Graduate student researchers can positively affect the world with their work.  My graduate training in medicinal chemistry allowed me to develop new routes to two anticancer drugs—and these may yet be used to make the drugs.

As a PhD student, I established new synthetic routes to indotecan and indimitecan (below).  These drugs are under investigation now in Phase I clinical trials for patients with solid tumors.  In doing this, I filled notebooks with repeated and failed reactions and new ways of running them—I believe it was three 80-page notebooks over two years.  I got to the second-to-last step and I needed months just to find a purification method; it turned out to be bathing the oily, impure solid in chloroform with ether or hexanes, and draining away the solvent to collect a purple powder.  My labmate and I later tried to cut two steps from the total sequence by making a key intermediate in a then-recently discovered way.  But, the method (reported in 2009) was low-yielding in our application:  only ca. 10% yields were achieved on the 1-2 gram scale.  Making the new routes remains my proudest career accomplishment, regardless of whether or not the innovation gets used.  I cannot discuss here the details about the new routes’ commercial viability.  But at a minimum, the new routes are higher-yielding overall than the ones already in use.

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In the first place, I set out to make new molecules that are structurally similar to the Phase I drugs.  Many of these 20 molecules (examples below) performed well in test-tube tests for potential anticancer activities.  Either the molecule slowed the division of cultured cancer cells, or poisoned the Topoisomerase I enzyme, or both.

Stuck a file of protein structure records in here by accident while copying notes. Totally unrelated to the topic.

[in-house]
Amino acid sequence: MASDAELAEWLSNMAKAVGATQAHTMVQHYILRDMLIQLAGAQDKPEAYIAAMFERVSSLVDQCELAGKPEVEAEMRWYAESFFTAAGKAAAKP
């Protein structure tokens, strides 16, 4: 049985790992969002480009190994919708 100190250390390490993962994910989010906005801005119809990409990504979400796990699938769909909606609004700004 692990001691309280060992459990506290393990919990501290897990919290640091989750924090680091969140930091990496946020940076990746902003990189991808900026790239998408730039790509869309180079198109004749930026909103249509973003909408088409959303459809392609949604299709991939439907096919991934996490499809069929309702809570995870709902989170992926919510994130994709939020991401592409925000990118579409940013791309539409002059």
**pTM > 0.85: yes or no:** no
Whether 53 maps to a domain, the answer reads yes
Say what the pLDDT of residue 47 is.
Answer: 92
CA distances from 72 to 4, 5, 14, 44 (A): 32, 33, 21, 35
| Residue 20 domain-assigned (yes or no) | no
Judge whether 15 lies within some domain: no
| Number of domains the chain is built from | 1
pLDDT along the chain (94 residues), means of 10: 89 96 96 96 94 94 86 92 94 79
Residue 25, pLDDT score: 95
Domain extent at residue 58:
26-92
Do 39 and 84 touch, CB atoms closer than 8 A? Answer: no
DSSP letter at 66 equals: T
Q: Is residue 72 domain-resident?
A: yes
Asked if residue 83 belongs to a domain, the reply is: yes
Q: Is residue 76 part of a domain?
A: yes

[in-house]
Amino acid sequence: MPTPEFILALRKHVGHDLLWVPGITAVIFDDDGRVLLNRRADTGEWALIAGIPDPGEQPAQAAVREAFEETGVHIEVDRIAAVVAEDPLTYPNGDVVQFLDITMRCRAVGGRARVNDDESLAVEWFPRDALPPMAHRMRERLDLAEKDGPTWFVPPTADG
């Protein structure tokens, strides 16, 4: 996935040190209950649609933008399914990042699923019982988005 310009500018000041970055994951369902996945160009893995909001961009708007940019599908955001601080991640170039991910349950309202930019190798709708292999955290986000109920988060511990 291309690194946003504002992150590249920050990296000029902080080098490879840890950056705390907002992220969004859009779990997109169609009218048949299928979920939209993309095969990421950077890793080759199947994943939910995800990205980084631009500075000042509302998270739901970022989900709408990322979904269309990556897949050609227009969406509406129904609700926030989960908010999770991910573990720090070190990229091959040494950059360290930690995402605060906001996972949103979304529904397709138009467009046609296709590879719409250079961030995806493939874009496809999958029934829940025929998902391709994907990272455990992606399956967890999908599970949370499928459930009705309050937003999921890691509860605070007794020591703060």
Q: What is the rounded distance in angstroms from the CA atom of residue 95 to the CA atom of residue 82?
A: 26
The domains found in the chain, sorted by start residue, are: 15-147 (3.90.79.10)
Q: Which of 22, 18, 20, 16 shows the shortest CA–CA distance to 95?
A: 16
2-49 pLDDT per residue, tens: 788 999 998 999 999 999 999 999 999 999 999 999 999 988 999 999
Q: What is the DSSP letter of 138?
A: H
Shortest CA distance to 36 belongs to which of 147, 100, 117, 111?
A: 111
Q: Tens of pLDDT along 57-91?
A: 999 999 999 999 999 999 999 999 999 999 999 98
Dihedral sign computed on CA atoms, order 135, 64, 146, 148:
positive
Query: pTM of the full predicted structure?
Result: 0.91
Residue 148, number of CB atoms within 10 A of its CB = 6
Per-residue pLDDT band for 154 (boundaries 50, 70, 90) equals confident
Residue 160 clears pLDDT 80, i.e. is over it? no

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All of this work was published in the premier journal for my former specialty, the Journal of Medicinal Chemistry.  Working with me and guiding my work were my mentor, Professor Mark Cushman, and a therapeutics development laboratory at the U.S. National Cancer Institute headed by Dr. Yves Pommier.  Without them, and my fellow labmates, none of this could have been done.

It can be emotionally rewarding to do medicinal chemistry research, especially when your work can make a difference for patients.  In future posts I will write about my other experiences as a student in my graduate program.  It could be helpful or at least interesting to you, if you are curious about how new drugs are made.

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Link to article:  http://pubs.acs.org/doi/abs/10.1021/jm401814y

Top image:  Model of indimitecan in the target binding site.  Generated by the author.

Disclaimer:  This is not medical advice.

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